Colleen Duffy Kiko, Judge

                                                                                    Employees’ Compensation Appeals Board

                                                                                   

 

 

 

                                                                                    Patricia Howard Fitzgerald, Judge

                                                                                    Employees’ Compensation Appeals Board



[1] 5 U.S.C. § 8101 et seq.

[2] Appellant argued that her request for reconsideration was timely filed and she submitted new evidence on appeal.  The Board has no jurisdiction to review evidence for the first time on appeal.  20 C.F.R. § 501.2(c); James C. Campbell, 5 ECAB 35 (1952).  The Board’s review is limited to the evidence that was before OWCP at the time of its final decision.

[3] Docket No. 10-1665 (issued May 25, 2011).

[4] 5 U.S.C. § 8128(a).

[5] Jesus D. Sanchez, 41 ECAB 964 (1990); Leon D. Faidley, Jr., 41 ECAB 104 (1989).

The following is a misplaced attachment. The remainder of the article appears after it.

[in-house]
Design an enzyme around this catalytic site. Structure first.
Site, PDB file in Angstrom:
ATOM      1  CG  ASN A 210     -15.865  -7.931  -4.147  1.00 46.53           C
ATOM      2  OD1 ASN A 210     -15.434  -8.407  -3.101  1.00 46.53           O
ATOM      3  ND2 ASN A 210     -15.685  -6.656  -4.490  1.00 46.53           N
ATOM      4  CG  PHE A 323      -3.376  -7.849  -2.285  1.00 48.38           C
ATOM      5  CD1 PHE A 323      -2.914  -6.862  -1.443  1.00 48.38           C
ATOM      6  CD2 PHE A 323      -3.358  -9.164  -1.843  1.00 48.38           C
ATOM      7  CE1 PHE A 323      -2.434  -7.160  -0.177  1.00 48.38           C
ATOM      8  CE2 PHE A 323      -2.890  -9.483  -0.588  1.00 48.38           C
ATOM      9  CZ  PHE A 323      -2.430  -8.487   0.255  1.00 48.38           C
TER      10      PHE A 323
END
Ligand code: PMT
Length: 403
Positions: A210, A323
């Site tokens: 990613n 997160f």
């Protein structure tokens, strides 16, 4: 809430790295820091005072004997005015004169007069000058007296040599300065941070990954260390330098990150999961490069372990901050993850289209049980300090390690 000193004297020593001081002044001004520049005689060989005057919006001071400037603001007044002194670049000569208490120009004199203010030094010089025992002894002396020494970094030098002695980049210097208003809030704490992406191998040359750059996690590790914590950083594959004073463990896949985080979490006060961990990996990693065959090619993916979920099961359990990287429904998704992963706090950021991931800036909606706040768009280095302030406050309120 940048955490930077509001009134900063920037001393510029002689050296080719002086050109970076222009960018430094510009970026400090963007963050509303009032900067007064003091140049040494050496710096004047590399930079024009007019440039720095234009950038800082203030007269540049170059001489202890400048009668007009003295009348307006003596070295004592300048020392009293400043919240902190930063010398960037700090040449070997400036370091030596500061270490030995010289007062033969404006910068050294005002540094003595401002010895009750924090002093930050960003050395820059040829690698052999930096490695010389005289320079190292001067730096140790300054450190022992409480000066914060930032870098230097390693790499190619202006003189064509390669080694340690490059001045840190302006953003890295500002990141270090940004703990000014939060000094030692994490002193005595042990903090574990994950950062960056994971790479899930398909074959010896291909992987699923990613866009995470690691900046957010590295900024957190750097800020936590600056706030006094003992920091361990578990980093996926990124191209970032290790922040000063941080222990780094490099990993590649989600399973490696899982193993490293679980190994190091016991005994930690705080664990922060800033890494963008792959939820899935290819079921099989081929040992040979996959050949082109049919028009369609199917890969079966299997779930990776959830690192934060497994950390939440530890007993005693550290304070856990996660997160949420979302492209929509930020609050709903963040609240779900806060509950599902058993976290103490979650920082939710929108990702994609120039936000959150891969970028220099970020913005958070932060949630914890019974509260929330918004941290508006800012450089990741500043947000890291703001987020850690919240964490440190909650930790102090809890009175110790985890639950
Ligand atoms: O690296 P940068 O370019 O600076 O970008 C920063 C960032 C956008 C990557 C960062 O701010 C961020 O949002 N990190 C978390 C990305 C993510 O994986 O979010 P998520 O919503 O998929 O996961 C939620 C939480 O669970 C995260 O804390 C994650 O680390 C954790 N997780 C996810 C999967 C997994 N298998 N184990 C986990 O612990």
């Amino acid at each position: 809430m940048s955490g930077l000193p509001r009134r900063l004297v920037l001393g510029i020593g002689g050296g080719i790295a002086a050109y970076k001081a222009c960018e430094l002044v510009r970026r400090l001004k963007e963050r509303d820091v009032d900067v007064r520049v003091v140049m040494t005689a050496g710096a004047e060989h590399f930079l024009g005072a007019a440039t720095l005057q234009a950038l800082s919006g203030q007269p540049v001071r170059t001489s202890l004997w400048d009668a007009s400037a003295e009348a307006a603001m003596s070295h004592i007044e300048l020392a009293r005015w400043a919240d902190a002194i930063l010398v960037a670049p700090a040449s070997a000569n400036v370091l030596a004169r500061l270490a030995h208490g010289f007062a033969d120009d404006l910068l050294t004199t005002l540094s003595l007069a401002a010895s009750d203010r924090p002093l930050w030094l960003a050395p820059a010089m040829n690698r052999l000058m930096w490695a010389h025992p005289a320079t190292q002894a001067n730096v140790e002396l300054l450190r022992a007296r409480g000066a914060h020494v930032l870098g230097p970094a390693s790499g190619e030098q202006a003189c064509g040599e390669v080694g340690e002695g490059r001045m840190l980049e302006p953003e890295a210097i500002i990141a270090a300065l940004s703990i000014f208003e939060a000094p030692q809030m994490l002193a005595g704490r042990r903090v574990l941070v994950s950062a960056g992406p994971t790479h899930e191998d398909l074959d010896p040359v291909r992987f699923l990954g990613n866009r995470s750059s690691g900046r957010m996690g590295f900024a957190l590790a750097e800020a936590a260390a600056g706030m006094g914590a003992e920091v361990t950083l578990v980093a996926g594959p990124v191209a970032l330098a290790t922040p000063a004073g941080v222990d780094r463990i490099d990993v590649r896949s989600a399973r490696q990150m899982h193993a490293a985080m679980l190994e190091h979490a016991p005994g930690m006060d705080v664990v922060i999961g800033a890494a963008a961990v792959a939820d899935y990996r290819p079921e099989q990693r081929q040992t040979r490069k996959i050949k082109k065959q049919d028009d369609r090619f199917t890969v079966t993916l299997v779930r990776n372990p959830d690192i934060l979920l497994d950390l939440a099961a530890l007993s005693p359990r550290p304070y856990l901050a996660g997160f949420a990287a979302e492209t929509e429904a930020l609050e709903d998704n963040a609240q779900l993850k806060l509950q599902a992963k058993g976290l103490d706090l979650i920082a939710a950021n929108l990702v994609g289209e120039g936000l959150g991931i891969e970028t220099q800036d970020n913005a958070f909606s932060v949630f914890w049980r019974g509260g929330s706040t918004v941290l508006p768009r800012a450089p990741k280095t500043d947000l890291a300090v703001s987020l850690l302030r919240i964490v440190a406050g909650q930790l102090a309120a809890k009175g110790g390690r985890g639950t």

[6] 20 C.F.R. § 10.607(a).

[7] Id. at § 10.607(b).

[8] Nancy Marcano, 50 ECAB 110, 114 (1998).

[9] Leona N. Travis, 43 ECAB 227, 241 (1991).

[10] Richard L. Rhodes, 50 ECAB 259, 264 (1999).

[11] Leona N. Travis, supra note 9.

[12] See Nelson T. Thompson, 43 ECAB 919 (1992).

[13] Veletta C. Coleman, 48 ECAB 367, 370 (1997).

[14] Thankamma Mathews, 44 ECAB 765, 770 (1993).

[15] Federal (FECA) Procedure Manual, Part 2 -- Claims, Reconsiderations, Chapter 2.1602(4)(b) (October 2011).

[16] See John W. Normand, 39 ECAB 1378 (1988) (there was no disability within the meaning FECA where the claimant was removed for disciplinary reasons and there was no evidence of a work stoppage due to the work-related physical condition).

[17] Annie L. Billingsley, 50 ECAB 210 (1998).